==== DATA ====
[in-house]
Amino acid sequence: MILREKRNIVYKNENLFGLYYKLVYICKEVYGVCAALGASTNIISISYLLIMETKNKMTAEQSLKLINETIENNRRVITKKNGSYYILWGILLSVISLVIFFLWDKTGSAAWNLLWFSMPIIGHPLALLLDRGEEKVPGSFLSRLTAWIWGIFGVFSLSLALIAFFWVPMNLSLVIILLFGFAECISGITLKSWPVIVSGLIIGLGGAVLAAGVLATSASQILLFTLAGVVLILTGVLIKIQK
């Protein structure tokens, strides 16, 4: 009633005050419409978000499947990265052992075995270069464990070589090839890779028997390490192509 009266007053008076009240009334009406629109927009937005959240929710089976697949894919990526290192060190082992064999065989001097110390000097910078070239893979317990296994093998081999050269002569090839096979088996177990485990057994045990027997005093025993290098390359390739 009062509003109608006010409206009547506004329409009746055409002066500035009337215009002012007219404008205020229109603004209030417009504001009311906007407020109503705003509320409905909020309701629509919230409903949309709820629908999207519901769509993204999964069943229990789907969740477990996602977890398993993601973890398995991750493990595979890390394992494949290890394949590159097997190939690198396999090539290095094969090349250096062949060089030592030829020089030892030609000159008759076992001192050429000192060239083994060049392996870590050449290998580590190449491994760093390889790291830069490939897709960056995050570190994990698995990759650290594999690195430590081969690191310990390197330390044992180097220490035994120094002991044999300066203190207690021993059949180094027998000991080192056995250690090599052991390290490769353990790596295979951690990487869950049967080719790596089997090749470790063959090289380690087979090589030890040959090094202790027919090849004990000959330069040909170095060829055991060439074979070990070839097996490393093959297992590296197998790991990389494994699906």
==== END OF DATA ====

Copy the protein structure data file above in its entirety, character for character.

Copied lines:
[in-house]
Amino acid sequence: MILREKRNIVYKNENLFGLYYKLVYICKEVYGVCAALGASTNIISISYLLIMETKNKMTAEQSLKLINETIENNRRVITKKNGSYYILWGILLSVISLVIFFLWDKTGSAAWNLLWFSMPIIGHPLALLLDRGEEKVPGSFLSRLTAWIWGIFGVFSLSLALIAFFWVPMNLSLVIILLFGFAECISGITLKSWPVIVSGLIIGLGGAVLAAGVLATSASQILLFTLAGVVLILTGVLIKIQK
């Protein structure tokens, strides 16, 4: 009633005050419409978000499947990265052992075995270069464990070589090839890779028997390490192509 009266007053008076009240009334009406629109927009937005959240929710089976697949894919990526290192060190082992064999065989001097110390000097910078070239893979317990296994093998081999050269002569090839096979088996177990485990057994045990027997005093025993290098390359390739 009062509003109608006010409206009547506004329409009746055409002066500035009337215009002012007219404008205020229109603004209030417009504001009311906007407020109503705003509320409905909020309701629509919230409903949309709820629908999207519901769509993204999964069943229990789907969740477990996602977890398993993601973890398995991750493990595979890390394992494949290890394949590159097997190939690198396999090539290095094969090349250096062949060089030592030829020089030892030609000159008759076992001192050429000192060239083994060049392996870590050449290998580590190449491994760093390889790291830069490939897709960056995050570190994990698995990759650290594999690195430590081969690191310990390197330390044992180097220490035994120094002991044999300066203190207690021993059949180094027998000991080192056995250690090599052991390290490769353990790596295979951690990487869950049967080719790596089997090749470790063959090289380690087979090589030890040959090094202790027919090849004990000959330069040909170095060829055991060439074979070990070839097996490393093959297992590296197998790991990389494994699906």